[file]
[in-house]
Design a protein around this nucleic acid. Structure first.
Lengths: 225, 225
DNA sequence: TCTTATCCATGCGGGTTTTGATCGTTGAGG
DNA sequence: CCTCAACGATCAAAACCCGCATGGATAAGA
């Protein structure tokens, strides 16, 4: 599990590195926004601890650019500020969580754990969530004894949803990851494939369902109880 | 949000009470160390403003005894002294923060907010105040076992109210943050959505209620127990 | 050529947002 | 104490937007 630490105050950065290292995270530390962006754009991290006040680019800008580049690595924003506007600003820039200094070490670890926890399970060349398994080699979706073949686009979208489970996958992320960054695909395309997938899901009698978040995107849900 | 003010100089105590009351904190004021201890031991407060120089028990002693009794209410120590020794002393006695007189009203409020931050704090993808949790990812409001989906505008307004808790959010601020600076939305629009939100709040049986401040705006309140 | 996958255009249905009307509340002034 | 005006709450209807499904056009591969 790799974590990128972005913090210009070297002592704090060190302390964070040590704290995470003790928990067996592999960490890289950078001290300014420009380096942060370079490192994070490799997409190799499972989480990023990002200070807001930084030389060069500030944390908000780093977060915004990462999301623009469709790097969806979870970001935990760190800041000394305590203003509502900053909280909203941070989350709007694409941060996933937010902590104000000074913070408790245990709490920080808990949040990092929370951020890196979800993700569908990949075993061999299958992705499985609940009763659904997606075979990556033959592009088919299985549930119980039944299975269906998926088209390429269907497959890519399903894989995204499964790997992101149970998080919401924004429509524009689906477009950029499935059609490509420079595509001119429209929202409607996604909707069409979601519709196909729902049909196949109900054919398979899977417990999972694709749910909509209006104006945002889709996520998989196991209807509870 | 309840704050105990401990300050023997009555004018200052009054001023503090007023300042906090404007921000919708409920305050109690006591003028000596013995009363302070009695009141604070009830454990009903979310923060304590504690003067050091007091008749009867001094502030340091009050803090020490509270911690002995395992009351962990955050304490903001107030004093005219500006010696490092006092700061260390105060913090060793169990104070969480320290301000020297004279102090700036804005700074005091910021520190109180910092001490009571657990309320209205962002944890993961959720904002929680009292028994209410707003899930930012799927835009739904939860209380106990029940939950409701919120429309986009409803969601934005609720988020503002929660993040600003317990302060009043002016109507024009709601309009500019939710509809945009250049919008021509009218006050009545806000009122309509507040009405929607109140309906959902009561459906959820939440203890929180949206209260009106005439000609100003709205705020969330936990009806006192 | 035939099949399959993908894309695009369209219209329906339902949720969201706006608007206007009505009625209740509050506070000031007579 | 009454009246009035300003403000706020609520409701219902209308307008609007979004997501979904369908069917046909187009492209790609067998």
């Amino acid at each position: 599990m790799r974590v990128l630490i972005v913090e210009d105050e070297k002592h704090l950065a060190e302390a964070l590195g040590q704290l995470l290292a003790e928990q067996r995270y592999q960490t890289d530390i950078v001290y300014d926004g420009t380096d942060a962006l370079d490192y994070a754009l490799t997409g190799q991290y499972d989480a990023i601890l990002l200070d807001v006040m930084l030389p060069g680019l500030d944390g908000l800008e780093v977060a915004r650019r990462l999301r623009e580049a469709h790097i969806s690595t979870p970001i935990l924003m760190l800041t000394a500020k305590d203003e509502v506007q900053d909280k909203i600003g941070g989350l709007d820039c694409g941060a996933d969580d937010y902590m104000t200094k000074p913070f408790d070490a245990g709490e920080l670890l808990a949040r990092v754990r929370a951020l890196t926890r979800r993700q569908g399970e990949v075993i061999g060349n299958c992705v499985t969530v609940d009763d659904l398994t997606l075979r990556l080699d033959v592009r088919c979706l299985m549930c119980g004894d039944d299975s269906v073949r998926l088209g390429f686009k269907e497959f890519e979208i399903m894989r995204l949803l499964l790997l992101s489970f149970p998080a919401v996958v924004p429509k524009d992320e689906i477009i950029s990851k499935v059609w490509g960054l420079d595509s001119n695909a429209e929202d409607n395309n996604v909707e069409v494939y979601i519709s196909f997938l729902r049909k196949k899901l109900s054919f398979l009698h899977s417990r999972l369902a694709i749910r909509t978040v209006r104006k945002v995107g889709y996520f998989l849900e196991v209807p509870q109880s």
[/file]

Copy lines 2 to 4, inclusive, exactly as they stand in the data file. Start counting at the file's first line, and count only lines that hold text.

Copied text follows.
Design a protein around this nucleic acid. Structure first.
Lengths: 225, 225
DNA sequence: TCTTATCCATGCGGGTTTTGATCGTTGAGG